It’s best to charge your battery periodically and keep track of its power stage to ensure there’s always enough juice to power your vehicle. However, the real world is far from ideal, and you may find yourself with a dead battery someday.
Do you know how to charge a car battery without a charger? If you don’t, this article will show you six ways to solve this problem.
How To Charge A Car Battery Without A Charger?
1. Using Jump Leads
Jump leads are a pair of electric jumper cables with metal clamps at either end. They help you charge your car dead battery enough to go to your destination or anywhere you can recharge it properly. To conduct this method, you need help from another vehicle as well.
Here’s how to charge your car battery with jumper cables:
- Dust the battery terminals to remove rust, dirt, and debris. Put on protective eyewear.
- Ensure both car engines are off, in Park or Neutral mode.
- Use one cable to connect the positive terminal of your battery with that of the other vehicle.
- With the second cable, attach one of its ends to the negative terminal of the donor battery and the other end to a piece of unpainted metal.
- Wait a few minutes for the battery to charge, which usually takes 5 minutes.
2. Using Another Vehicle
Charging your car battery using a donor vehicle means putting your dead battery into another car for charging.
This is also how to charge a 12V battery without a charger, which is much easier than using jump leads. Yet, both vehicles have to use the same battery model for compatibility so that you can place the battery in its correct position.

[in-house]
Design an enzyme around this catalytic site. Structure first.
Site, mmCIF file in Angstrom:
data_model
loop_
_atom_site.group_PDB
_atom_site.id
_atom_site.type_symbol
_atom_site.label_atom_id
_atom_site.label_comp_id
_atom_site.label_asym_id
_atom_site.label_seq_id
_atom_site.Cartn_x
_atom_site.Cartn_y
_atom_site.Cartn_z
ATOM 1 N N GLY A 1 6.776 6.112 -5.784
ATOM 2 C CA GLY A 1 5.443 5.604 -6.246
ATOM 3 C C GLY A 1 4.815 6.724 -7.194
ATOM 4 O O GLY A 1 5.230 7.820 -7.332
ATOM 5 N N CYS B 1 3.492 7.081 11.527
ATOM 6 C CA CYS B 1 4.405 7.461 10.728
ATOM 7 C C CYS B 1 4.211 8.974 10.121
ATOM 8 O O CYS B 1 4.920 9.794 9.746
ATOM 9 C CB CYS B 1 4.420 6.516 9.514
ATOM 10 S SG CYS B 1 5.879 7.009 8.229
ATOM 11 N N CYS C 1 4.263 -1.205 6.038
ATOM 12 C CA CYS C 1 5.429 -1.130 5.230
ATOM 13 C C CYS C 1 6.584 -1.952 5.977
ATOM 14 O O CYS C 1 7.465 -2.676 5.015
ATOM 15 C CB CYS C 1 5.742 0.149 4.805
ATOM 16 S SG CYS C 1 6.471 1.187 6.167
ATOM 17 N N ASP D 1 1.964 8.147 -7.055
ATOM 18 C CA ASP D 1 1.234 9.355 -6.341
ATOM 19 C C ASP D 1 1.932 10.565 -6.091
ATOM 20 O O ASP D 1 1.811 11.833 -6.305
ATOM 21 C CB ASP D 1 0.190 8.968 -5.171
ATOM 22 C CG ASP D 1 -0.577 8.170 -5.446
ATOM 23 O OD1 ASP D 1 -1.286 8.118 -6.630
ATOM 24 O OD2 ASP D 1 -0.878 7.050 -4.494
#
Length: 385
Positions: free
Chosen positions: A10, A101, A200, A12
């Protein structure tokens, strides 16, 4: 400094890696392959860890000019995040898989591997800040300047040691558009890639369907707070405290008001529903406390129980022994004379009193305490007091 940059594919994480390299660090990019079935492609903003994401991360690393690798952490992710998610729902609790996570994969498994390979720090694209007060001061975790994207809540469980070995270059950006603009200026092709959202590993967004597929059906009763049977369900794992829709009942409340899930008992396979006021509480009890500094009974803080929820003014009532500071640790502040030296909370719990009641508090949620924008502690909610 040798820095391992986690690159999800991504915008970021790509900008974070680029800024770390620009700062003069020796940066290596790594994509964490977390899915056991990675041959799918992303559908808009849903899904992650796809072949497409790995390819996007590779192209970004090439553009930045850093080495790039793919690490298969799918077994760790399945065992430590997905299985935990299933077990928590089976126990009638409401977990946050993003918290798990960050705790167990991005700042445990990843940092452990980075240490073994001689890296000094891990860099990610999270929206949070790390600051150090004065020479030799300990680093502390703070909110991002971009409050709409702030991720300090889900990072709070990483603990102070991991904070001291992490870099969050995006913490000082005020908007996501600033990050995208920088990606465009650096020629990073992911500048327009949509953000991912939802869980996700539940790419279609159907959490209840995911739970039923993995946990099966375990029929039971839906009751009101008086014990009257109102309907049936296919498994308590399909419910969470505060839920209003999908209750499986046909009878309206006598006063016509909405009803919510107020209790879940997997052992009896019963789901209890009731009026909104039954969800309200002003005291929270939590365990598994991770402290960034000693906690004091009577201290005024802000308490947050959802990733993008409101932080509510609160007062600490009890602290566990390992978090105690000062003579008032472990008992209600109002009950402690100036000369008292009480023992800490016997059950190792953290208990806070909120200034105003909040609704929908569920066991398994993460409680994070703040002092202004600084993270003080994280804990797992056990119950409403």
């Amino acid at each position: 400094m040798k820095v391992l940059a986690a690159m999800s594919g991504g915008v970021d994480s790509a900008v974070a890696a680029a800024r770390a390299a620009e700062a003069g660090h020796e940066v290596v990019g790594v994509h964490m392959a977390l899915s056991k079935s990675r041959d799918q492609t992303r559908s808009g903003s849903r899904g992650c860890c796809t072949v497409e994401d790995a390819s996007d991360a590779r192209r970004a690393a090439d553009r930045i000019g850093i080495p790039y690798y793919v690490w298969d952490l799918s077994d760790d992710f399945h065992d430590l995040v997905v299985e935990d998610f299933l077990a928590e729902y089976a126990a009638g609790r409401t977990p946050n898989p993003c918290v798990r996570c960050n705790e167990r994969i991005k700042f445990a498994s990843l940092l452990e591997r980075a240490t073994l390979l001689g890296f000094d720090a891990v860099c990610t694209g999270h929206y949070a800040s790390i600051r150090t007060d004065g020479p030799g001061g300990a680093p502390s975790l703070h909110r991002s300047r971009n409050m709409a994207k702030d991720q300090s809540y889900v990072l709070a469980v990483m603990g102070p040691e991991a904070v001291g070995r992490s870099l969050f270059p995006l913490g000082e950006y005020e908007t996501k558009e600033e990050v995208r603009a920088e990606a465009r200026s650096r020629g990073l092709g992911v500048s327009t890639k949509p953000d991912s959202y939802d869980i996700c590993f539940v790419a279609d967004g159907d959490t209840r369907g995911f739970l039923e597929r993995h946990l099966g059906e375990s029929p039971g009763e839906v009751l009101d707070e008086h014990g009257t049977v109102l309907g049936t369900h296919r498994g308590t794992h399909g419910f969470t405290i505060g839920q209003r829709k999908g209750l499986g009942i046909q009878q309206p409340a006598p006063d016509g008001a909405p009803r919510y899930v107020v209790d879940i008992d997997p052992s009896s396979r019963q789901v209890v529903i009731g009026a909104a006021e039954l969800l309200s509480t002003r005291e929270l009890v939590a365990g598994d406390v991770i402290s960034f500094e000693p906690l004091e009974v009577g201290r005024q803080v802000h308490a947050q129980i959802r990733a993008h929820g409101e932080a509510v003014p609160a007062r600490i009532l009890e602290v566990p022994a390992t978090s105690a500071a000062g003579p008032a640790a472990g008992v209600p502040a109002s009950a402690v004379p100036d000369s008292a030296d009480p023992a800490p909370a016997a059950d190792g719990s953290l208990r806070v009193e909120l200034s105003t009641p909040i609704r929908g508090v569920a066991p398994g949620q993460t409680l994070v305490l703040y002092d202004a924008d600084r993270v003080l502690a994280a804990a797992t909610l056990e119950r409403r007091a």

If you try to pack your battery into an incompatible car, it may be useless and damage your battery and the other vehicle.
3. Using A Portable Jump Starter
A jump starter is a portable device designed for jump-starting vehicles. This portable battery charger is like a backup battery pack for your car.
It comes in handy when your car battery has run out of juice completely, and you cannot call towing services.
To recharge your battery with a jump starter, do the following things:
- Put on protective gear, like gloves and eye protection.
- Turn off the car engine. The charger must be off, too. Then, remove any jewelry you’re wearing, and make sure you’re at a safe position, and your face is not close to the battery.
- Place the portable charger a distance from the battery, as far as its cord allows.
- Attach the red clamp of the charger to the battery’s positive port.
- Connect the black clamp (negative clip) to a piece of unpainted metal.
- Once connections are firmly established, turn on the jump starter.
- Try starting the car, but don’t crank it for more than 5 seconds. If the engine doesn’t kick off, wait another 2 to 3 minutes before trying again.
4. Using UPS Power Inverter
A UPS inverter can convert the DC power of the battery into AC current. It’s often used as a backup power source for household appliances, such as the phone charger and laptop charger when the light is out.
You can also use a UPS inverter to charge your car battery. Fortunately, most inverters have built-in safety features to monitor the battery’s voltage, preventing overheating and overcharging.
That said, remember to read the manual before working with the device.
See more: Are Car Batteries AC or DC?
5. Using A Battery Isolator
Battery isolators are more popular among campers and RV drivers. They transfer electricity from a primary car battery, previously charged by an alternator, to a flat battery.
These are not as strong as an actual car battery charger, and it may be hard to apply this method if your battery is dead. However, it still works and can help you recharge your car battery enough to start the engine.
6. Using Solar Panels And Solar Chargers